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May 25, 2011

Ask the experts: SEC, Bama soaring

MORE EXPERTS: May 18 | May 11 | May 5 | April 21

Rivals.com basketball recruiting analysts Jerry Meyer and Eric Bossi weigh in on four current topics.

With last week's big signing of Trevor Lacey, how do you feel Anthony Grant is doing overall recruiting to Alabama?

Bossi: Of course we will never fully know until we've had a few years to evaluate what these guys have done in the SEC, but it would appear that Grant is doing a great job. He's identifying talent early, locking up in-state kids and showing that he's not afraid to go up against traditional powers such as Kentucky and Kansas to land a kid. With his current recruiting class and what Grant has coming back next season, the future looks bright for Alabama basketball.

Meyer: I was extremely impressed with Grant's coaching during the season. His Alabama team played with a lot of heart and grit on the defensive end, and played overall unselfish basketball. The Tide ran some nice action offensively to overcome skill area deficiency, namely shooting. It is that precise area of shooting that Grant has taken care of in this recruiting class. Not only did he retain the three top prospects in the state of Alabama, they are also three of the better shooters in the 2011 class.

At this point Grant is doing as great a job recruiting as he did coaching last year. Now that he is working with the momentum of a strong season and a No. 5 national recruiting class, there is the strong possibility of Alabama emerging as the dominant program in the SEC West.

Is the SEC becoming the new trendy conference for basketball recruits?

Bossi: I don't know if it is that the SEC has become trendy, but I do think Kentucky's dominance in recruiting has started to have a trickle down effect. In order to compete, nobody else can afford to sleep and the conference as a whole seems to have gotten much more aggressive on the recruiting trail.

Additionally, basketball has gained in popularity in traditionally football-dominated SEC country. Because of that and increased scouting, the SEC region is not only producing much more talent but it's being identified more by national scouting services.

Meyer: I don't know if I'd use the word trendy, but the SEC is definitely on the uptick as a basketball conference. For one, there is a ton of talent in the Southeast. Basically the SEC is sitting on a gold mine of talent. Secondly, there are some very good coaches in the SEC. John Calipari has it rolling at Kentucky. Billy Donovan and Kevin Stallings are established as great coaches at Florida and Vanderbilt, respectively. And Grant at Alabama and Mark Fox at Georgia have their programs moving quickly in the right direction.

What's wrong with the Big Ten in recruiting? Check out the total number of top 100 prospects going to the Big Ten in 2011 and it appears to be way down?

Bossi: It's a combination of a few things. First of all, recruiting is cyclical. It seems that each conference will go on a hot or cold streak for a bit and the Big Ten is perhaps in a bit of a cold streak. Also, there seems to be so much emphasis from today's kids on "getting up and down the court" and those recruiting against Big Ten schools portray the conference as a place where slow play rules. That's something that is backed up by Ken Pomeroy's ratings for tempo of play. In the last five seasons, as a conference, the Big Ten has only one team place within the top 100 for adjusted tempo (Indiana at No. 96 in 2010).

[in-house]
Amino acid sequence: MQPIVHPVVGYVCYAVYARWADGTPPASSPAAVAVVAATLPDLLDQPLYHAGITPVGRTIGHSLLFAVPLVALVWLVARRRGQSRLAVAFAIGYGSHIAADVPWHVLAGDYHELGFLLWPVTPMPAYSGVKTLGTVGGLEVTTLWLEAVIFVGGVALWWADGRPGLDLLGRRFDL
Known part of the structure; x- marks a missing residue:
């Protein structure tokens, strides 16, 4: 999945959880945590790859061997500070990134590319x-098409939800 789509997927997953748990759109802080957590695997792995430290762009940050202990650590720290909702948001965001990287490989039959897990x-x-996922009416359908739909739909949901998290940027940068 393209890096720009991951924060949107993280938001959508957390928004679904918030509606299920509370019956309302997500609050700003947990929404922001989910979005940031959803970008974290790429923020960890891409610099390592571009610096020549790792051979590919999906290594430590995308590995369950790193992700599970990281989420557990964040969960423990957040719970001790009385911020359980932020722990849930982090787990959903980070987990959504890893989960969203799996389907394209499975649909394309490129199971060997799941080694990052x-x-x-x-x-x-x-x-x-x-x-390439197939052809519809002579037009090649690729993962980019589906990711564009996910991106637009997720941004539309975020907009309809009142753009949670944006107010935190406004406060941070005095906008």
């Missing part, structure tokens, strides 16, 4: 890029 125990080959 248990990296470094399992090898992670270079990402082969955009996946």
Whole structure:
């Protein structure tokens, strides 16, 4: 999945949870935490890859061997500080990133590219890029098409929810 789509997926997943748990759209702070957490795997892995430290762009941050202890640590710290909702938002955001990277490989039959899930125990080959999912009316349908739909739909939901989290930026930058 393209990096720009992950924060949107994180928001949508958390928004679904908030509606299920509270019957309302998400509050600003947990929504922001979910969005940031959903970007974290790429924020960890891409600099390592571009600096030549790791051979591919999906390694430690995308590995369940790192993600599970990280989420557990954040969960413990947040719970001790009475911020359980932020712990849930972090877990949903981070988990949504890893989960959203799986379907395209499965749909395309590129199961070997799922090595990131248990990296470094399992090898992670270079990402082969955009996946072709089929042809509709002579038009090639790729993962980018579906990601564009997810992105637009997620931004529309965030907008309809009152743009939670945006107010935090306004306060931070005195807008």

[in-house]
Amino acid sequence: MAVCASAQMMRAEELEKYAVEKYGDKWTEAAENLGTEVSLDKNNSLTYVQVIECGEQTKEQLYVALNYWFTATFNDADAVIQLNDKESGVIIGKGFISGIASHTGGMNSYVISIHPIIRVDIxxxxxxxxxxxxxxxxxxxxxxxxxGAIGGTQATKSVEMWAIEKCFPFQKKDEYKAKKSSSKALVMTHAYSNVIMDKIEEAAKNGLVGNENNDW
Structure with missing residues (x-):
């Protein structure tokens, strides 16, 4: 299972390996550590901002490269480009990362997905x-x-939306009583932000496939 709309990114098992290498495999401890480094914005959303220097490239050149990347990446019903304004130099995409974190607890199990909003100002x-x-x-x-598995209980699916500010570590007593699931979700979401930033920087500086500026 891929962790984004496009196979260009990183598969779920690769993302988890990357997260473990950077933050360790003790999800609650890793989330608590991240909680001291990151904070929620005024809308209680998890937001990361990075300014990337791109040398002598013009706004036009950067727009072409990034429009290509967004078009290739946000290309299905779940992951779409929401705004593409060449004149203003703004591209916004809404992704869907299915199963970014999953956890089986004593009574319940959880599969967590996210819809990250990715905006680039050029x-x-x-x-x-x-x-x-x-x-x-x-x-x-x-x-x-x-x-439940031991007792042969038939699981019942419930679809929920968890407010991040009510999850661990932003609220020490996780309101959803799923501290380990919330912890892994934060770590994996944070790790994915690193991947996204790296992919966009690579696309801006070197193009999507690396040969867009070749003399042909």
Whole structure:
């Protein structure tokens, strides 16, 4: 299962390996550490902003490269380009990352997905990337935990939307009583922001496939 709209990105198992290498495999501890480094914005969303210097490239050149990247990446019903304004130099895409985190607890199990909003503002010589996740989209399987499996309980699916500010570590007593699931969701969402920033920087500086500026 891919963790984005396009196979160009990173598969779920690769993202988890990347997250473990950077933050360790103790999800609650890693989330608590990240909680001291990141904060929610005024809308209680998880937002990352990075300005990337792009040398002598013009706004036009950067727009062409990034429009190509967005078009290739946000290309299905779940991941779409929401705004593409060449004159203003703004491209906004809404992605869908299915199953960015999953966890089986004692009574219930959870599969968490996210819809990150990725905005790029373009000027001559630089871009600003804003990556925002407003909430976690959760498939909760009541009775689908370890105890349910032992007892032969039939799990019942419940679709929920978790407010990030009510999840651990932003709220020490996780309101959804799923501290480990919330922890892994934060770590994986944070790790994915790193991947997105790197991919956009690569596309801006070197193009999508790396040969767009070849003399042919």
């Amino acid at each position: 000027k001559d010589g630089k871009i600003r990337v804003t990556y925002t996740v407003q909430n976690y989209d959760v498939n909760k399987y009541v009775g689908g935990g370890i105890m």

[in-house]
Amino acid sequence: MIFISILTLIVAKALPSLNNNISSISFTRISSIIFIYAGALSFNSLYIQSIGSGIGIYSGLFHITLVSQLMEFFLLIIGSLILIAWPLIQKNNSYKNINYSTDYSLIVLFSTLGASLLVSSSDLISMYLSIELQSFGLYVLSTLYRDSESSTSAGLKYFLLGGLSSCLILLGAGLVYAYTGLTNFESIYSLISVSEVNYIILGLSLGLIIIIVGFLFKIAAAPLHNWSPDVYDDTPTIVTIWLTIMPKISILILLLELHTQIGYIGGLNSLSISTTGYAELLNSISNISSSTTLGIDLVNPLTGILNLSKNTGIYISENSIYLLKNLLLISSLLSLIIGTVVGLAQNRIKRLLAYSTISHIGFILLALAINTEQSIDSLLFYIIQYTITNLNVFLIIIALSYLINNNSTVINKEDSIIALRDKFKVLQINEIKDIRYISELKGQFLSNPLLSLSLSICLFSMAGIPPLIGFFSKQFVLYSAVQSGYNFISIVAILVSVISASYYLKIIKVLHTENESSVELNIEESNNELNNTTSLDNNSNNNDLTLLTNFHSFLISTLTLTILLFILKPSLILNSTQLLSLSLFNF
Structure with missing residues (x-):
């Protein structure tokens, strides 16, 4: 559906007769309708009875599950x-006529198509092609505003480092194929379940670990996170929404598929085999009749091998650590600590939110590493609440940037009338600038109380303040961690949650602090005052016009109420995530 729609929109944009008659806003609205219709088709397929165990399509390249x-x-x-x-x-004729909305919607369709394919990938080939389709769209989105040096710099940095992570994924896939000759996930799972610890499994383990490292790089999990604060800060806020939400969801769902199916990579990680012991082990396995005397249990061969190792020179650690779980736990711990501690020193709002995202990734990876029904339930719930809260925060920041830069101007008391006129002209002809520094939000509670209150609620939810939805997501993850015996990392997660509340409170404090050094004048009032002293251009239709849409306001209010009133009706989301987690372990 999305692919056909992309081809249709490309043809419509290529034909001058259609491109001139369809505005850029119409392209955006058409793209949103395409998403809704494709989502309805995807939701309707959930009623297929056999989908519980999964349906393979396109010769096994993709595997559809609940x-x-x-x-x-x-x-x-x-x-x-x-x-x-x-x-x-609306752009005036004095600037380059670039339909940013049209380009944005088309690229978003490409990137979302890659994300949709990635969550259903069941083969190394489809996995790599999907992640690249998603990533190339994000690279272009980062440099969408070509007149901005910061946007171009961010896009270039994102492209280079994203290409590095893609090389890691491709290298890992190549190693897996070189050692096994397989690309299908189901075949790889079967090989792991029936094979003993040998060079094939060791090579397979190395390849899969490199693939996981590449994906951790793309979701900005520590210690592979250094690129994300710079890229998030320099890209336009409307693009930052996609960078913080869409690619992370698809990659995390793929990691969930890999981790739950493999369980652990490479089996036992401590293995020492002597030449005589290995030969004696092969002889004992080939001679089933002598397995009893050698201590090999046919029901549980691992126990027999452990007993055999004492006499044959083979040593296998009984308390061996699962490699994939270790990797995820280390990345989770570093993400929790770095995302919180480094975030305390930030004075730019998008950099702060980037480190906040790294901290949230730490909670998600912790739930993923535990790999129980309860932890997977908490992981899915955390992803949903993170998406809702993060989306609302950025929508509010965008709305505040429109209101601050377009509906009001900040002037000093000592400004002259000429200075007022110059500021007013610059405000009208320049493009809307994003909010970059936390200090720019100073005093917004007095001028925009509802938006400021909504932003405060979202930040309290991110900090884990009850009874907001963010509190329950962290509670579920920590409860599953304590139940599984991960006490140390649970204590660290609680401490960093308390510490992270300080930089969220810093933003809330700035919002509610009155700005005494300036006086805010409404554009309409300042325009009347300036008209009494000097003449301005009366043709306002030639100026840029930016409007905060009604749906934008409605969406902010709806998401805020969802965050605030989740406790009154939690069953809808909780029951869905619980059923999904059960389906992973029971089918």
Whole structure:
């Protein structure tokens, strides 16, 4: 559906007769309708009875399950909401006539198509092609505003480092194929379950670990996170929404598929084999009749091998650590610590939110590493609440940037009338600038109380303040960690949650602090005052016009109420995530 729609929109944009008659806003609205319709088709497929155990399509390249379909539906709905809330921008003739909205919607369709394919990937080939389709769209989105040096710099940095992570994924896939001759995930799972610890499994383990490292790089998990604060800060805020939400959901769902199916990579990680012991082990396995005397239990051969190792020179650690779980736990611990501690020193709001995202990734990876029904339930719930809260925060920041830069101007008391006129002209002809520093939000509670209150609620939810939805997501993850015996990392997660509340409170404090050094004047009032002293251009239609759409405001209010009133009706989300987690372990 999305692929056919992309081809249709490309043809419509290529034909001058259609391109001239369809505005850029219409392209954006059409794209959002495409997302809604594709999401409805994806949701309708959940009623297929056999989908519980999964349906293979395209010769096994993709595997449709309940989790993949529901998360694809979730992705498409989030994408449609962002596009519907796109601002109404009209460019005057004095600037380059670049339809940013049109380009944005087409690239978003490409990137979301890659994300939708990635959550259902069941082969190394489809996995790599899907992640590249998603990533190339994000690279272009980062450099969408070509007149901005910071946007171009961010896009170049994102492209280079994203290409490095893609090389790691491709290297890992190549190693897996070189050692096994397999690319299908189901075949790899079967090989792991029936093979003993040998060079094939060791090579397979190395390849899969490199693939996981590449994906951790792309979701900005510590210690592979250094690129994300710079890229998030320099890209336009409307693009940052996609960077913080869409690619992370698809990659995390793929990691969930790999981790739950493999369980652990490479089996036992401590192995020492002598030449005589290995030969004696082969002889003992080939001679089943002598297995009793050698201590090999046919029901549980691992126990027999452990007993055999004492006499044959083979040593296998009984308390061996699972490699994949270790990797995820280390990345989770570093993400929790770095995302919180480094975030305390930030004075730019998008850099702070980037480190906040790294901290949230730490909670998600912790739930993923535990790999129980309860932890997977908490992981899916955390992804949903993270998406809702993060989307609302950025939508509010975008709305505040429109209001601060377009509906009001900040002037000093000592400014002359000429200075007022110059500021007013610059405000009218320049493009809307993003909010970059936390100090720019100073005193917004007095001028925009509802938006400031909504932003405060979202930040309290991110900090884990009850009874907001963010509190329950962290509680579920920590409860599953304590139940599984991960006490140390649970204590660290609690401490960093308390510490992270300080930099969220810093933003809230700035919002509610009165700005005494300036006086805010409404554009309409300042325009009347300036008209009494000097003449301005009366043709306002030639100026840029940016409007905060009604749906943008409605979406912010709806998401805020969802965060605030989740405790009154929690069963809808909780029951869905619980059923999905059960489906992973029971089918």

Also, Big Ten schools only did an average job of keeping local talent within the conference. Of the 31 prospects in the 2011 Rivals150 from states with Big Ten schools in them, only 16 elected to play in the Big Ten. Even more disconcerting is that only two Rivals150 prospects - Laquinton Ross and Andre Hollins - from outside Big Ten country chose to play in the Big Ten. In order to attract more touted players, it will be important for the Big Ten to change its image as a grind-it-out league and expand the recruiting base.

Meyer: In the last several years the Big Ten has been in the bottom half of the high-major conference recruiting rankings. So I don't necessarily think the Big Ten is down in 2011 but more so just in line with where it has been recently. The class of 2012, however, is shaping up to be a different story for the Big Ten.

Presently, the Big Ten has four teams in the top 10: Indiana at No. 1, Michigan State at No. 3, Michigan at No. 8 and Purdue at No. 9.

Outside Duke and North Carolina, has the ACC lost its appeal to recruits?

Bossi: To me, the problem in the ACC seems to be more of a problem of turnover in the coaching ranks. Georgia Tech, Maryland, Virginia, Clemson, Wake Forest and N.C. State have all gone through recent coaching changes. There would appear to be some stability in the conference now and I would expect that recruiting will start to make a return.

Meyer: It is losing the appeal. The ACC is still a great basketball conference, and a lot of recruits want to play in the ACC. Nonetheless, outside Duke and North Carolina, the ACC is down. Along with the ACC being down, the Big East is as strong as ever, while the Big 12 and SEC are emerging as great basketball conferences.

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